Israeli Judge: Some Palestinian Minors See Jail Sentence as Way of Escaping Home

Jurist and attorneys call for more sympathetic handling of cases in which youngsters deliberately seek arrest to flee domestic unhappiness.

Reuters

Military courts in the West Bank see several cases a year of Palestinian minors who clash with the army in order to be arrested and escape conditions at home, according to an Israeli judge.

Ashkelon Magistrate’s Court Judge Amir Dahan, a former Israel Defense Forces military court judge who frequently cites this information in lectures, told students recently of the case of a Hebron girl who suffered beatings at home. She was apprehended with a knife at the Tomb of the Patriarchs in that city.

“I decided to release her, because jail is not a solution,” related Dahan during the lecture. “She needed help. A few days later, she took a knife and again went to the Tomb of the Patriarchs. I was in a real dilemma. If I let her go again and again, she could end up trying to stab a soldier. Military courts do not have rehabilitation means,” he added.

Attorney Nery Ramati, of the Gabi Lasky law firm, has represented many Palestinian minors. He is leading efforts to find alternatives to detention for Palestinian minors.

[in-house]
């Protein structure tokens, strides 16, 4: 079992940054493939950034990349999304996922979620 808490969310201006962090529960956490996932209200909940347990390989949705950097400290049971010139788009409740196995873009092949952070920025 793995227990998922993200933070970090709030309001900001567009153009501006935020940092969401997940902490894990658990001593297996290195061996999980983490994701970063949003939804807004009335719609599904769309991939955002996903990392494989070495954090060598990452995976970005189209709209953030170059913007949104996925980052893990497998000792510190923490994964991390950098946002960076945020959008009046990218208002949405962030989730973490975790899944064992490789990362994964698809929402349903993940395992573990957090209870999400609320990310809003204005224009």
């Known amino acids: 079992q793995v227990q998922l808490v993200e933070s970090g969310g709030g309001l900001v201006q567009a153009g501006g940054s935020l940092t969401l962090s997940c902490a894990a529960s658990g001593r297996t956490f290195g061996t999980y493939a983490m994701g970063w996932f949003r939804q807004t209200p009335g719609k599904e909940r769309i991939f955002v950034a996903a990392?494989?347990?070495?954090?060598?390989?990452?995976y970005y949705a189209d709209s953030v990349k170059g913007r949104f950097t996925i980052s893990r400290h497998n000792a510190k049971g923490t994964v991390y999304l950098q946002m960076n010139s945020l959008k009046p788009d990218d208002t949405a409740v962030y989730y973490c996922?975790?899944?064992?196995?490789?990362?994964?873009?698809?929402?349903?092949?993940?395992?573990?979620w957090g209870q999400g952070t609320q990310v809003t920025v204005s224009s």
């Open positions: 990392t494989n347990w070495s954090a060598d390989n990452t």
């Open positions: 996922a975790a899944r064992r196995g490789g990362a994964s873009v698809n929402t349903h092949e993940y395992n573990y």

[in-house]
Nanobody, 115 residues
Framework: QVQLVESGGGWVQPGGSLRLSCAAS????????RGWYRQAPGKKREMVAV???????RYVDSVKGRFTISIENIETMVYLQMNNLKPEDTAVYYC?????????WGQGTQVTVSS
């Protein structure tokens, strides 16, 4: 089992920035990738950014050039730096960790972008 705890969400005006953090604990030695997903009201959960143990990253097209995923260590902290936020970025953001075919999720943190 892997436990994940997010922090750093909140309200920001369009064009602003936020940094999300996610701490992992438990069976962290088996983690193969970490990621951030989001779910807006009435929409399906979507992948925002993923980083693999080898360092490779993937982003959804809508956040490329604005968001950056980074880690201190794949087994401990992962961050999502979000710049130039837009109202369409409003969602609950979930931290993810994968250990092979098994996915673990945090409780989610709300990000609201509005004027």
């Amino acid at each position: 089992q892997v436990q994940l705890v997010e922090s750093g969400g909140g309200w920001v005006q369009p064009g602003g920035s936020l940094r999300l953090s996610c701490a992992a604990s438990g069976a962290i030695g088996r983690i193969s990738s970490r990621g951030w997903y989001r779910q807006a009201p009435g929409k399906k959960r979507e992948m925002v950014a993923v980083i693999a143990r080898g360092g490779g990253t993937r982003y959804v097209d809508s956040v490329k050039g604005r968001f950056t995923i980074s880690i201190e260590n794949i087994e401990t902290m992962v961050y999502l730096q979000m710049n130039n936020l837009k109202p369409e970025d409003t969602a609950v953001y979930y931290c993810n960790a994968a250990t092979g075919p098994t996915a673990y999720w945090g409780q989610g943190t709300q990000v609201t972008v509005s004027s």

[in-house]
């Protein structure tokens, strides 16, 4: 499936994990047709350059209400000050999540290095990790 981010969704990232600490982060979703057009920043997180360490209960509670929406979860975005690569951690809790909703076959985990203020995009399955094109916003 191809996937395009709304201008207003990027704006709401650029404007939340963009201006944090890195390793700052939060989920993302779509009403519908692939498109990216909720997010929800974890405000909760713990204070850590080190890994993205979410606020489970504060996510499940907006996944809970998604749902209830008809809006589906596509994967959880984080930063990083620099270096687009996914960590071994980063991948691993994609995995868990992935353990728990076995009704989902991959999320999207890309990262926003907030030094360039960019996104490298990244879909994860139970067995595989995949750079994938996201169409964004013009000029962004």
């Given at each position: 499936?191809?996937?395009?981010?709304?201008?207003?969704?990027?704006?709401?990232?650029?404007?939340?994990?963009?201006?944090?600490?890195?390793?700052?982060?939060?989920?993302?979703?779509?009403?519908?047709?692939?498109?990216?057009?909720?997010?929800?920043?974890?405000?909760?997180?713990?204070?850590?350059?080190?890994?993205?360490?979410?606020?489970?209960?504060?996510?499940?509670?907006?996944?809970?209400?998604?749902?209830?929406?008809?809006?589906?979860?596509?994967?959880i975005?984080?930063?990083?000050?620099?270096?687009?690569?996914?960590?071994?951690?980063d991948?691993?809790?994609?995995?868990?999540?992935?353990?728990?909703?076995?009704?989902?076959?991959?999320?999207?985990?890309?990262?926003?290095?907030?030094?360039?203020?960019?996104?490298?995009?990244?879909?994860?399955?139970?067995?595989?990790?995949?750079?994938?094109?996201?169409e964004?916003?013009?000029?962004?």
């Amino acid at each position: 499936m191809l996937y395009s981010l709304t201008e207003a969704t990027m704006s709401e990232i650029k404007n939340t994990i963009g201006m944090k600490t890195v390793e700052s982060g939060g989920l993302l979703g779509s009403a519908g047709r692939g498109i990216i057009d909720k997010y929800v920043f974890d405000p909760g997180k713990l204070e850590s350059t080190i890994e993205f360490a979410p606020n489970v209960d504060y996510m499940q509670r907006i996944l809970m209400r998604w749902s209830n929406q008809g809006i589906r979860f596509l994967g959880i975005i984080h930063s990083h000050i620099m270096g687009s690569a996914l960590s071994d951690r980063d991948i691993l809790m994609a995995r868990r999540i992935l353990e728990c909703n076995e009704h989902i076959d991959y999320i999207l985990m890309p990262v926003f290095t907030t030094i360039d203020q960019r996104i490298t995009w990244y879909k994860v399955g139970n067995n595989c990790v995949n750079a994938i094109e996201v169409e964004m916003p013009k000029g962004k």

“I once represented a girl who lived at home and her parents were angry because her matriculation scores were not good. There was great pressure at home about it and they may have beaten her a little, so she decided to go to a checkpoint with fire crackers in her bag,” Ramati told Haaretz.

When she set one of the firecrackers off at the fence, IDF soldiers arrested her, Ramati said, adding that the girl then told the soldiers, “I came for you to arrest me.”

Ramati said the prosecution “went crazy over the idea that she could be released. From their point of view, she has to sit in jail because she’s dangerous,” he said.

The military court at the IDF’s Ofer base in the northern West Bank is currently hearing the case of a 16-year-old girl from Qalandiyah, who was in conflict with her parents because of her low grades at school. She came to the Qalandiyah checkpoint and called the military police over to her, at which point she was placed under arrest.

Her attorney, Tareq Barghout, asked the military court to send the teenager to a rehabilitation home for girls, in Beit Jala. The prosecution opposed the move and the IDF’s chief military prosecutor in the West Bank, Lt. Col. Morris Hirsch, even appeared in court himself to persuade the judges not to send the girl to a rehabilitation center but instead to jail, Barghout told Haaretz.

“They are still stuck in the primitive thinking of deterring minors,” Barghout said. “They don’t take into account at all the key consideration of rehabilitation. They don’t care whether this girl is rehabilitated, as long as she belongs to the Palestinian population.”